Although Africa claims seven of the world’s 10 fastest-growing economies, Nigerian author Kingsley Chiedu Moghalu warns in his latest book against “the sort of irrational exuberance displayed by bankers and markets, which led to global financial crisis and recession.”
Moghalu’s book, “Emerging Africa: How the Global Economy’s ‘Last Frontier’ Can Prosper and Matter,” (Bookcraft, 2013) examines Nigeria as a case study of Africa’s problems and potential, according to a report in All Africa.
This book, he writes, will “rain on your parade” if you believe “that the end of poverty and underdevelopment in Africa is imminent and that the continent is on the verge of an immediate breakthrough as a major global economic player.”
After a career that included 17 years at the U.N., Moghalu returned to Africa with his wife and family to become a deputy governor of Central Bank of Nigeria; an opportunity, he said, to contribute the transformation of Africa on the ground.
The 414-page book, described in All Africa as “part intellectual interrogation of philosophical, political and economic models, part analysis and part storytelling” was written in the wee hours before long days at the bank.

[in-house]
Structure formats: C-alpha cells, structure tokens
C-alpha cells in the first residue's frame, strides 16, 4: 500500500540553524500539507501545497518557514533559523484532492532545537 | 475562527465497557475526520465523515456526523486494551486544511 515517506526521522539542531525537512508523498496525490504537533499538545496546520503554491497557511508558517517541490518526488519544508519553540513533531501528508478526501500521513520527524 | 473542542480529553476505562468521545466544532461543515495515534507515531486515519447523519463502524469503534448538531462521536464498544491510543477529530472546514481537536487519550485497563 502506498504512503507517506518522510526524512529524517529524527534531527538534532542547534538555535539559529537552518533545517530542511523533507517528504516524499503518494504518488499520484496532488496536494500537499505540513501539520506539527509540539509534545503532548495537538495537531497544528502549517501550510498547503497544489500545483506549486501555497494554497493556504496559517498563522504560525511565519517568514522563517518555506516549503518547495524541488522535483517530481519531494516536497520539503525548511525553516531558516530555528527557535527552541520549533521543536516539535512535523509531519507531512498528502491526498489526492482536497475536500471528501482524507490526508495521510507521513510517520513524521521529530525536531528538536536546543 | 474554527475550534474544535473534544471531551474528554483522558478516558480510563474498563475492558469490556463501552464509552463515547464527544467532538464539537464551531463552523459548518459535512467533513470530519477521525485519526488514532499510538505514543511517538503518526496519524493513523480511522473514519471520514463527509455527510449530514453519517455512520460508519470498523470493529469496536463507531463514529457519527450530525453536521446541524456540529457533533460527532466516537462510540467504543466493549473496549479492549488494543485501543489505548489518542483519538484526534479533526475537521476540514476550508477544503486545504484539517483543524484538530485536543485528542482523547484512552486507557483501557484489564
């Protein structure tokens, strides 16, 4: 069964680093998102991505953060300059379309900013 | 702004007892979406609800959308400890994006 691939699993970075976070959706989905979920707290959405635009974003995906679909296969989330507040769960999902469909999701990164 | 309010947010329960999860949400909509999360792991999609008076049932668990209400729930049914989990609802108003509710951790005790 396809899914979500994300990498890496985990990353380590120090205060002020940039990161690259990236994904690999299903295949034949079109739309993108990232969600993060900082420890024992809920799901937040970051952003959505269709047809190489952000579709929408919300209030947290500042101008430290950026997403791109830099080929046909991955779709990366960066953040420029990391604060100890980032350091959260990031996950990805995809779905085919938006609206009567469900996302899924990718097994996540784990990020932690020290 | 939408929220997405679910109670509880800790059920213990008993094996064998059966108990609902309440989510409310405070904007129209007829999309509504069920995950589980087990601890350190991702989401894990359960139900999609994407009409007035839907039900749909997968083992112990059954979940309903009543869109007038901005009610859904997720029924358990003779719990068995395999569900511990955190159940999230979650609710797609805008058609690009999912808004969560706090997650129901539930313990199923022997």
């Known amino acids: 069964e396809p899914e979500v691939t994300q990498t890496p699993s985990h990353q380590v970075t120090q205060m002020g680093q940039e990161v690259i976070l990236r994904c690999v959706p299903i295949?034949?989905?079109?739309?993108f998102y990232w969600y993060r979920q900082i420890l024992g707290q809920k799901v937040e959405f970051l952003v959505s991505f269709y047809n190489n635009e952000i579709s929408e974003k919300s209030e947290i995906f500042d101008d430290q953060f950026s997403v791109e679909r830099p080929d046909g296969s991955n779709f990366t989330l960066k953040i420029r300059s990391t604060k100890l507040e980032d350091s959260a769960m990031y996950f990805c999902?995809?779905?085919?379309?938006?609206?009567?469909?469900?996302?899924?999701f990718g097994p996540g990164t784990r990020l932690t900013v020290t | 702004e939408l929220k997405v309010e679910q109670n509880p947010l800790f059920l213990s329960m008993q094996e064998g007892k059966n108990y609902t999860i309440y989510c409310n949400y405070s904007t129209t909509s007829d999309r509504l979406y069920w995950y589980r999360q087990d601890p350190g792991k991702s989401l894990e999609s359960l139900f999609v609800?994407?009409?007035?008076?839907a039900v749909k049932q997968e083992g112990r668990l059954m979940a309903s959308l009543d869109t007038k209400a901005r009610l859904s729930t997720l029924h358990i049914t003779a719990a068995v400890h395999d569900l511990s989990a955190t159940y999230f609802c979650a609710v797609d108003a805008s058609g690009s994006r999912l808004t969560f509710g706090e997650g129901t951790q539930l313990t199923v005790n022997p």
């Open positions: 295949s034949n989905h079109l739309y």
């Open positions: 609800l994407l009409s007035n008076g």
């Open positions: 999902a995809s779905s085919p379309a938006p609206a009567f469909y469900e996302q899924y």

With 170 million people, vast oil wealth and 6 percent-plus projected growth this year, Nigeria is booming, but it also has some of the world’s worst health problems, including malaria, poor nutrition and mother-and-child death rates. It also imports more than $11 billion worth of food, the report says.
Nigeria relies on oil for more than 80 percent of its revenue. When the price of oil crashed, it affected the banks negatively, Moghalu said in an interview in All Africa.
The government implemented a series of reforms to reposition Nigeria’s banking system, and it’s in those reforms that the lessons lie, he said.